'Am I going to die?': Beirut bride recounts horrific moment explosion hit

The bride caught in chaos of the deadly explosion in Beirut is recounting the moment horror struck on her wedding day.
BEIRUT -- The bride caught in chaos of the deadly explosion in Beirut is recounting the moment horror struck on her wedding day.

Dr. Israa Seblani, a 29-year-old U.S. citizen from Detroit, was in the middle of a photoshoot in her wedding gown when the blast hit.

As she looked down at her bouquet, there was an explosion. The impact sent her running for her life.

RELATED: Video shows Beirut blast as bride poses on her wedding day
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The alarming video above has been circulating online and shows the massive impact the deadly blast left on Lebanon's capital.



"I was shocked. I was wondering what happened," she said. "Am I going to die? How I'm going to die?"

Seblani and her partner had planned on getting married in the U.S., but her husband had already been waiting three years to get his visa and they didn't want to wait any longer.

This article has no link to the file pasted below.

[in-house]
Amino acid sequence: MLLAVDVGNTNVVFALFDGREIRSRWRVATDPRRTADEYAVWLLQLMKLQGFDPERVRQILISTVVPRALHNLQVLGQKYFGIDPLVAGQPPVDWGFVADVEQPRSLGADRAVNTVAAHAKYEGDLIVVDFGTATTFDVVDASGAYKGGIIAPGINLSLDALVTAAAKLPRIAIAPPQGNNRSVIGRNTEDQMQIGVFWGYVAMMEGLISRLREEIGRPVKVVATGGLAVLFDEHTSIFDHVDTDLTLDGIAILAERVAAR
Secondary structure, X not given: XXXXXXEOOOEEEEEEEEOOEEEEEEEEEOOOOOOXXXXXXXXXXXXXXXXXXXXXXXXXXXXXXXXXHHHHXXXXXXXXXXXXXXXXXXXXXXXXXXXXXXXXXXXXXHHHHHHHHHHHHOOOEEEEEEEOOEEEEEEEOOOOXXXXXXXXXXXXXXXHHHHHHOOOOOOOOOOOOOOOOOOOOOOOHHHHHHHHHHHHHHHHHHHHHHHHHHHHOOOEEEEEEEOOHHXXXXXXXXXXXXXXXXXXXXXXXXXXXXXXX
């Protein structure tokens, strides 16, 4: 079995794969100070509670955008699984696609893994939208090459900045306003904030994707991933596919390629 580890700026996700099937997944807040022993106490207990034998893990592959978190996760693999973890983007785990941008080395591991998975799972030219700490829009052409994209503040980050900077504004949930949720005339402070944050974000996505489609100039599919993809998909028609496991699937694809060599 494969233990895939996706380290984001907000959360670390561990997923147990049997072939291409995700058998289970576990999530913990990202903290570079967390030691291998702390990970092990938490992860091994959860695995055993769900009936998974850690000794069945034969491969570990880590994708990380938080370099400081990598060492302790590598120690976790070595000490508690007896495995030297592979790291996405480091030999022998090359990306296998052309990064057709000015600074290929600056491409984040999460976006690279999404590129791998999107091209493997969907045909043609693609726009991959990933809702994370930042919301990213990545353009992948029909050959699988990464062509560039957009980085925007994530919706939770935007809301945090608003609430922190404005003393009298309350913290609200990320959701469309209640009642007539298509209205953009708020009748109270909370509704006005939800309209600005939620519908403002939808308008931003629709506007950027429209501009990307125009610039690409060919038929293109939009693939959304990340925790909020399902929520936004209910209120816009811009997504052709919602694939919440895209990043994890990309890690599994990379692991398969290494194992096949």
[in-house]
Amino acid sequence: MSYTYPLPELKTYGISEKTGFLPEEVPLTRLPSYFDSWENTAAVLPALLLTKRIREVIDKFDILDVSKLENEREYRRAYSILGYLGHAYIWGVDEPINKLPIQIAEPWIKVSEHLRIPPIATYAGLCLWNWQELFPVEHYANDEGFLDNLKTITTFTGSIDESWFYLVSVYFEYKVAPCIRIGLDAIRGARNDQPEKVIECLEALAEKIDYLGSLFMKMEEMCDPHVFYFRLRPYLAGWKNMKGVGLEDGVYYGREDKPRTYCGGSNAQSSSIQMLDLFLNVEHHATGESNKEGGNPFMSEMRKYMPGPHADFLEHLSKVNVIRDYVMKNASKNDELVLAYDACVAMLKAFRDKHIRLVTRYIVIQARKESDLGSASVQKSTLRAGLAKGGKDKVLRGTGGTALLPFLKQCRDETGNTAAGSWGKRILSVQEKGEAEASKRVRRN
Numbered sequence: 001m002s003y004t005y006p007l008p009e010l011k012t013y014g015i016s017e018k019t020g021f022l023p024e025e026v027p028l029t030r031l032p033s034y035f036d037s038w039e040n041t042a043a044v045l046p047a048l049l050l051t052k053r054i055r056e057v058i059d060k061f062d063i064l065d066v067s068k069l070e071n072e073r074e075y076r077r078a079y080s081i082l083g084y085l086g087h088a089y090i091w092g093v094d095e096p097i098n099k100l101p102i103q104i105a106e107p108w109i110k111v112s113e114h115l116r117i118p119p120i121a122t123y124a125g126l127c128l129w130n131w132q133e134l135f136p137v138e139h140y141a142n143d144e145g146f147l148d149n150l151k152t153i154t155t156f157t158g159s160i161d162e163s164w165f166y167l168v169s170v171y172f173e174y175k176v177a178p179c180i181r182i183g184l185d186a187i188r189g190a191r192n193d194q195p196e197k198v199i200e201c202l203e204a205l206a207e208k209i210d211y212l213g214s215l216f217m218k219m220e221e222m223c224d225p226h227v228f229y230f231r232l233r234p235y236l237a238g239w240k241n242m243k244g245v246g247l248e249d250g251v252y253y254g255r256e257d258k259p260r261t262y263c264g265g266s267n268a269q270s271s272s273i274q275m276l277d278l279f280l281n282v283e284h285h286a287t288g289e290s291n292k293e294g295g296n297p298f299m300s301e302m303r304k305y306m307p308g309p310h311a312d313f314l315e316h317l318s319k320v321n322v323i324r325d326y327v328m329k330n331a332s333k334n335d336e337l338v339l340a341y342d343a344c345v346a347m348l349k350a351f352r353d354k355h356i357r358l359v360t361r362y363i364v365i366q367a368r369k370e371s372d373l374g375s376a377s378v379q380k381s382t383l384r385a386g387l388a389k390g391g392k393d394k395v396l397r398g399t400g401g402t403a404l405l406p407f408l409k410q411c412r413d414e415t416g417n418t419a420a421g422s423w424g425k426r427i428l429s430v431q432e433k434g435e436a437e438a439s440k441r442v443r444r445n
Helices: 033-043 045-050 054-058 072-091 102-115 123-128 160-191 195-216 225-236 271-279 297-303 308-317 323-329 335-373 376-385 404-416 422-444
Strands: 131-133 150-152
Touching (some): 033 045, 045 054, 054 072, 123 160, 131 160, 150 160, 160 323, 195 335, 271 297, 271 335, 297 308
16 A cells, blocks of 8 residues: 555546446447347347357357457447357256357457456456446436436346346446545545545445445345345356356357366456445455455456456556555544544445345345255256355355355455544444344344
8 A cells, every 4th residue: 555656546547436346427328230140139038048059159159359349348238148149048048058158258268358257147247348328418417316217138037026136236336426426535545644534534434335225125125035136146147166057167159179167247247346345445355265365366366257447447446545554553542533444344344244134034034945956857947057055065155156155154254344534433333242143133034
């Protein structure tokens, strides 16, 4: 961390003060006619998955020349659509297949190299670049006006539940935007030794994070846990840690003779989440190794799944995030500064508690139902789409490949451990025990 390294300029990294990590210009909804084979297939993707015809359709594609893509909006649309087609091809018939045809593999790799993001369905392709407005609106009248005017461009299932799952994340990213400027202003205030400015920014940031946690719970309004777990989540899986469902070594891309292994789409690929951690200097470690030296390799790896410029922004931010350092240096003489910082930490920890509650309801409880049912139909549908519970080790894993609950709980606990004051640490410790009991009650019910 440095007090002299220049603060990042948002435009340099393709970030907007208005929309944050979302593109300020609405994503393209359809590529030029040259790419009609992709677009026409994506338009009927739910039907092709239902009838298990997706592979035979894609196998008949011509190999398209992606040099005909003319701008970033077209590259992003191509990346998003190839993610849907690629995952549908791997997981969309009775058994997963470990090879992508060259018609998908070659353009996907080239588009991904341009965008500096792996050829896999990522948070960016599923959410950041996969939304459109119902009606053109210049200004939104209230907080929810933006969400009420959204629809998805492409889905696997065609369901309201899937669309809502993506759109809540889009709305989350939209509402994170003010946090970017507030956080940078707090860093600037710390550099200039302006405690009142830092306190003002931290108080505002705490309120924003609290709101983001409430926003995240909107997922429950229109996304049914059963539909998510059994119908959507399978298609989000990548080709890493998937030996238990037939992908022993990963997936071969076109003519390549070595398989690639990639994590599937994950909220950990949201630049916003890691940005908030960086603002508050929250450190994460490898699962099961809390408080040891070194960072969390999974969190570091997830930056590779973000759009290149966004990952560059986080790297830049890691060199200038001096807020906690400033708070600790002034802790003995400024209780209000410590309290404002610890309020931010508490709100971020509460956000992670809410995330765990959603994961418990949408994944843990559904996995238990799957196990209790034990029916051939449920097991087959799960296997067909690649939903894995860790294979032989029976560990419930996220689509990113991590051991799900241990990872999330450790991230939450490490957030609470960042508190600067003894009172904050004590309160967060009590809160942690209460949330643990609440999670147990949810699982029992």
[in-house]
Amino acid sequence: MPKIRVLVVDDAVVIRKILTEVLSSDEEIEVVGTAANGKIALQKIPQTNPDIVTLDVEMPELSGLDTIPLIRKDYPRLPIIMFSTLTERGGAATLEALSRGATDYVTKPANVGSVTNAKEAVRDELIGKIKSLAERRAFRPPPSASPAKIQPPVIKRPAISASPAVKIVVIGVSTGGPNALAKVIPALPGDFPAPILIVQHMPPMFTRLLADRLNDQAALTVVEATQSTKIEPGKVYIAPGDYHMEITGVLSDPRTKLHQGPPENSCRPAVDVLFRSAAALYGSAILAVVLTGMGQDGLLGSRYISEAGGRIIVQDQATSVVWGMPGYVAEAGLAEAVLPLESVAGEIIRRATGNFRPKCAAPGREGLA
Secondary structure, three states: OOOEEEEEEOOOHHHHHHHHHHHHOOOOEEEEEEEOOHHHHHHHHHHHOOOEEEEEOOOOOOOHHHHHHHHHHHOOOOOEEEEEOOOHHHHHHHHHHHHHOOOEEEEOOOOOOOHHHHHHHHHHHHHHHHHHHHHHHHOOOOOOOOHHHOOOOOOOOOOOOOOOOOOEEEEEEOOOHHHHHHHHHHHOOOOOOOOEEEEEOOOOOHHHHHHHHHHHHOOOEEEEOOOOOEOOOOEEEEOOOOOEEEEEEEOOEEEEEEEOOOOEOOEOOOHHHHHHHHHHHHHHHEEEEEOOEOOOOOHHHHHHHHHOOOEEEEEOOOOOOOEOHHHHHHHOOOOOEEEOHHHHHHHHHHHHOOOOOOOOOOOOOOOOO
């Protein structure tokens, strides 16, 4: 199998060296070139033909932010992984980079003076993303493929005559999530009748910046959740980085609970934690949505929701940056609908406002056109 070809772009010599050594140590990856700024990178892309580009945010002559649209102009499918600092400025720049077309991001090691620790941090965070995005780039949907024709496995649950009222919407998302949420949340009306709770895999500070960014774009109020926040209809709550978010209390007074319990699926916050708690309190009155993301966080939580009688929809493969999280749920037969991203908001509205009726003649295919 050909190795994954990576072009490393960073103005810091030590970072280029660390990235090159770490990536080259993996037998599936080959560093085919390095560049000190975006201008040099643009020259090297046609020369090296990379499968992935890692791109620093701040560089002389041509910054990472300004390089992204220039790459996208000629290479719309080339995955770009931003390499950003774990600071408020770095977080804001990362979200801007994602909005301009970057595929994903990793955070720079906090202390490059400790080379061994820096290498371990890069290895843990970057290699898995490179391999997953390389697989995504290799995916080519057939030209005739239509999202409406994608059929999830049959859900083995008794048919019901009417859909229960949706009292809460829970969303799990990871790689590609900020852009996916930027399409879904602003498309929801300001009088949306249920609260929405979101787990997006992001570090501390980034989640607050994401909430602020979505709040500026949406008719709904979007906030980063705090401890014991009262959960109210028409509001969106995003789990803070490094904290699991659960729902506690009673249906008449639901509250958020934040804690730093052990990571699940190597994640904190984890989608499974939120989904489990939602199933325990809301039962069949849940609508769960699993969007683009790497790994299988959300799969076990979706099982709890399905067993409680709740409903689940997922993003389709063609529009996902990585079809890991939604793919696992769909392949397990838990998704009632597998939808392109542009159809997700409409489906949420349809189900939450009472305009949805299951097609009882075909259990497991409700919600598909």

Seblani and her husband Ahmad Sbeih have returned to the square. Seblani says she's grateful they're alive.

Beirut blast: Lebanon investigates explosion amid rising anger, calls for change
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Huge explosions rock Beirut with widespread damage, injuries (1 of 8)

Lebanese officials targeted in the investigation of the massive blast that tore through Beirut sought to shift blame for the presence of explosives at the city's port.



The blast Tuesday, which appeared to have been caused by an accidental fire that ignited a warehouse full of ammonium nitrate at the city's port, rippled across the Lebanese capital, killing at least 135 people, injuring more than 5,000 and causing widespread destruction.

French President Emmanuel Macron, who viewed the devastated port and was to meet with senior Lebanese officials, said his visit Thursday was "an opportunity to have a frank and challenging dialogue with the Lebanese political powers and institutions."

He said France will work to coordinate aid but warned that "if reforms are not made, Lebanon will continue to sink."

PHOTOS: Aftermath of explosions in Beirut, Lebanon


The Associated Press contributed to this report.
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